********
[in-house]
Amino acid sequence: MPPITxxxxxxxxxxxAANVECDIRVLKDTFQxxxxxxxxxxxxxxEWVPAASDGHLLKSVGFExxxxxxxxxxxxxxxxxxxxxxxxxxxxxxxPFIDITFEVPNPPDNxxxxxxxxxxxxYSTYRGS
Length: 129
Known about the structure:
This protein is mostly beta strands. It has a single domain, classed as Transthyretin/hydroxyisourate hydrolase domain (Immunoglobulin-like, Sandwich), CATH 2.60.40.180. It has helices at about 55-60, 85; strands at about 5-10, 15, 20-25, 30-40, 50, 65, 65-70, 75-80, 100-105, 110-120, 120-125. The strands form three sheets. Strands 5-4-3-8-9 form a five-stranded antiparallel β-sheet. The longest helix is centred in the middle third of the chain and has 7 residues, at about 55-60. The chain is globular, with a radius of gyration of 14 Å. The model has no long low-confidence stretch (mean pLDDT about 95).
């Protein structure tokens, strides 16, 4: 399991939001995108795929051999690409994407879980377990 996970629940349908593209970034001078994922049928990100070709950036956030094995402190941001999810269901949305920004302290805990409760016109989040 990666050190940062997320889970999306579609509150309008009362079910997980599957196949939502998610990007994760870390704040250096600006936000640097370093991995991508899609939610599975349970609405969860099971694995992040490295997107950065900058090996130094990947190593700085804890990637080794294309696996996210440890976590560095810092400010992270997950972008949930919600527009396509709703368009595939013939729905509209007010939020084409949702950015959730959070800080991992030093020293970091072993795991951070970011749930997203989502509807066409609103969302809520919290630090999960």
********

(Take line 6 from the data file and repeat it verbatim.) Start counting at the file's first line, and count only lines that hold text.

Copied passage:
């Protein structure tokens, strides 16, 4: 399991939001995108795929051999690409994407879980377990 996970629940349908593209970034001078994922049928990100070709950036956030094995402190941001999810269901949305920004302290805990409760016109989040 990666050190940062997320889970999306579609509150309008009362079910997980599957196949939502998610990007994760870390704040250096600006936000640097370093991995991508899609939610599975349970609405969860099971694995992040490295997107950065900058090996130094990947190593700085804890990637080794294309696996996210440890976590560095810092400010992270997950972008949930919600527009396509709703368009595939013939729905509209007010939020084409949702950015959730959070800080991992030093020293970091072993795991951070970011749930997203989502509807066409609103969302809520919290630090999960």